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holy shit dude

If you don’t know Alex, I suggest you read up on him. Because yeah, sure, any parrot can mimic, but Alex was one of the first to prove on many occasions that he understood the meaning behind the words he said.

With that in mind, just think about what he said for a sec. Alex had to understand on some level that death means leaving. That’s fucking mindblowing.

Alex also was shown to have the intelligence of a young child, anywhere from 3 to 5 years old. He could do basic addition and subtraction, and independently taught himself the concept of zero (something that most CIVILIZATIONS couldn’t do!) He had a vocabulary of thousands of words, some of which he made up himself, and had deep interpersonal bonds with many scientists and trainers, as well as other parrots. 

Alex the parrot is basically the coolest bird ever.

animals are often smarter than you think. There is/was a gorilla they taught sign language to. And one day she asked for a kitten. they gave her a stuffed animal but she signed sad. She wanted a real one. She was allowed to choose one from a litter. 

She named it All Ball and she loved it.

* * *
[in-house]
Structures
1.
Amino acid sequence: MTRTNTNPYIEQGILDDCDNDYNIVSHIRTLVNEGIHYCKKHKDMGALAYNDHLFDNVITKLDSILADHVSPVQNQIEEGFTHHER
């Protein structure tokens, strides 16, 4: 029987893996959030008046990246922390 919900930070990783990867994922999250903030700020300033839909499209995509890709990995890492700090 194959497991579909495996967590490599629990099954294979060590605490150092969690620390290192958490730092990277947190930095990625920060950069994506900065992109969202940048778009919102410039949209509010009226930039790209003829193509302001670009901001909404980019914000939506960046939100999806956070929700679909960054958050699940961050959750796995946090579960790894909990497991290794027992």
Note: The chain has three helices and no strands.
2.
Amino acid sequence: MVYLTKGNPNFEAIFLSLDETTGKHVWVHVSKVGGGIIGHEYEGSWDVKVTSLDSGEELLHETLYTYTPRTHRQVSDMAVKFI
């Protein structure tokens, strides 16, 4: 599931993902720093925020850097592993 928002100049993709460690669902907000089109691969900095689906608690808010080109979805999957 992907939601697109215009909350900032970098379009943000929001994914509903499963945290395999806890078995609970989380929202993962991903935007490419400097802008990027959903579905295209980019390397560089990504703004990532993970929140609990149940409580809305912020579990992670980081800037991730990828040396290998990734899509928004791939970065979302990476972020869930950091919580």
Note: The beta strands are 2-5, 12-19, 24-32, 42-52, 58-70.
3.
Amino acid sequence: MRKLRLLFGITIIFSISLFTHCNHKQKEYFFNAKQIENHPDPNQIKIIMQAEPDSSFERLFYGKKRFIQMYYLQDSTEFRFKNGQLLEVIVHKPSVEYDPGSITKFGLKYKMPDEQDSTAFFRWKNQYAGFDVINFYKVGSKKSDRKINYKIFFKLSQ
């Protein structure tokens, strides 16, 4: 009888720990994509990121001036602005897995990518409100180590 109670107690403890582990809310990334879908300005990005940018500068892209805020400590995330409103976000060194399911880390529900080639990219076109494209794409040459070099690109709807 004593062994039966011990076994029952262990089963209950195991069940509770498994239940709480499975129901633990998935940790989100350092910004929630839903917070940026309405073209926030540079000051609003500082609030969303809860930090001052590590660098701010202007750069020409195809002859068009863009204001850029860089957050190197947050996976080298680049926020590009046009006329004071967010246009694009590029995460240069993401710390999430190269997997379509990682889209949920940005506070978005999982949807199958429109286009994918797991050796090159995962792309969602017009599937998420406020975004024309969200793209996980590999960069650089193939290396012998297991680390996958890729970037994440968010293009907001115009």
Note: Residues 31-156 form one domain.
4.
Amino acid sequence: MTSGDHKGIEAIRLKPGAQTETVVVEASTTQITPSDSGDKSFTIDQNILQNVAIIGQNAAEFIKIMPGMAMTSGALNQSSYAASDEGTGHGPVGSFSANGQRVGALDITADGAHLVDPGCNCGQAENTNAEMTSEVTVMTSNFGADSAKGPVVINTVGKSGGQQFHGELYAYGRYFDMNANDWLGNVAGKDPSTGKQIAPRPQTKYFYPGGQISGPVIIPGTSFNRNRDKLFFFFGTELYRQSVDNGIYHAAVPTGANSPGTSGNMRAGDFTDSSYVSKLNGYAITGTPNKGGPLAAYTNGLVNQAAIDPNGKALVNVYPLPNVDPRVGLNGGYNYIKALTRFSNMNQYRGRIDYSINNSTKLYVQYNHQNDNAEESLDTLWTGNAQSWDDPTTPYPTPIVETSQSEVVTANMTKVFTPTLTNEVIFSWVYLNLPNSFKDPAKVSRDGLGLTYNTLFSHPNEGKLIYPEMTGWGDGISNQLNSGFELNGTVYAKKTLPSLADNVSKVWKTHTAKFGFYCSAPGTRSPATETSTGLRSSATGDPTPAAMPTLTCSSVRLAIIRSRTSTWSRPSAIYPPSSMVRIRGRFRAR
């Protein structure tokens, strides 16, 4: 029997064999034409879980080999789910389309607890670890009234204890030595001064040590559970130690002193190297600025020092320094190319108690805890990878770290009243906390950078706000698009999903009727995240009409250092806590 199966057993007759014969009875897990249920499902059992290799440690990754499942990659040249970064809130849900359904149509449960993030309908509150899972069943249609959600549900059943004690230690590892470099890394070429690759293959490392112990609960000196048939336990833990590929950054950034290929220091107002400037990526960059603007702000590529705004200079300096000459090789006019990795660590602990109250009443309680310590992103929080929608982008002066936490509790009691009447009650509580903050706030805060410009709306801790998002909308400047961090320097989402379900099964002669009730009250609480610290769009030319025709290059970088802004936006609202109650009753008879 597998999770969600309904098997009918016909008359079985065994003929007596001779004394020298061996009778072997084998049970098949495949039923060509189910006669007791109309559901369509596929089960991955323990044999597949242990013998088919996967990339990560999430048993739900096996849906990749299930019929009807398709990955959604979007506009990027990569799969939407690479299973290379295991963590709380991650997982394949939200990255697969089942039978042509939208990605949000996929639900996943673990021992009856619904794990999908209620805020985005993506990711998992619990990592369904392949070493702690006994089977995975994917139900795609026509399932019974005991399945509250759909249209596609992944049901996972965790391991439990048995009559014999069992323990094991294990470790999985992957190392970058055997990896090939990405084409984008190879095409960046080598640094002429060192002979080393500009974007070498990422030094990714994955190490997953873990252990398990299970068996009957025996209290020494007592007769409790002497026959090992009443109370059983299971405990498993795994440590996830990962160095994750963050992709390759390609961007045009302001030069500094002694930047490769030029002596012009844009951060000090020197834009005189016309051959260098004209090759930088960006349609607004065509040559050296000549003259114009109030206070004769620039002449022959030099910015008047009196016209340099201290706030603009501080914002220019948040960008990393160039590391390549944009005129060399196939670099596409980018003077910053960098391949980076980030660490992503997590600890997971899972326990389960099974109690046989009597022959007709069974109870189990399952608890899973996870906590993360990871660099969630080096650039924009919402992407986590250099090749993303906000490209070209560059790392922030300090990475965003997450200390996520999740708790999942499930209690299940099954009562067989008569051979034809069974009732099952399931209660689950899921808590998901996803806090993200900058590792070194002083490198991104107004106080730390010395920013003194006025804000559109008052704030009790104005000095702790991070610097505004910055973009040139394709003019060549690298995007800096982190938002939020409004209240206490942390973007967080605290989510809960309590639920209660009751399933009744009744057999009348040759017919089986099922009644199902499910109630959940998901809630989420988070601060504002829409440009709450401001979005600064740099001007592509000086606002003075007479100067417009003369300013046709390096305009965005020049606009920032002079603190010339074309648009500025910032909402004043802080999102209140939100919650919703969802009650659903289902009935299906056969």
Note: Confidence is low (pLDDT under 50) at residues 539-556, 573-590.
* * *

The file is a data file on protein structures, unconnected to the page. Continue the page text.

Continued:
Except one day All Ball escaped from the cage and was hit by a car. And this shows you just how much animals can understand. They signed what had happened but didn’t think the gorilla would understand. But she started making weeping, howling/crying sounds and the signs for bad, sad, etc. 

And then “Sleep, cat”. She understood death.

She’s had two kittens since then.

Animals understand more than you think. Depends on the animal, yes. 

nubbsgalore:

photos by solvin zanki of a nascent loggerhead sea turtle on turkey’s iztuzu beach taking its first steps en route to its new home in the sea. most eggs hatch in late september after five months of incubation, a period when this nesting site cum tourist beach is subject to restrictions.

sea turtles are one of the planet’s oldest species, roaming the oceans for around one hundred million years. but the twenty first century has seen their numbers decline by up to seven percent a year, largely as a result of commercial fishing nets which ensnare the turtles as bycatch.

but loggerheads, already an endangered species, face an ongoing threat to their coveted nesting sites to beach developers looking to draw in tourists. conservations have fought for decades to keep iztuzu beach free from development, though the licence to run it has recently been sold to property developers who threaten to change that

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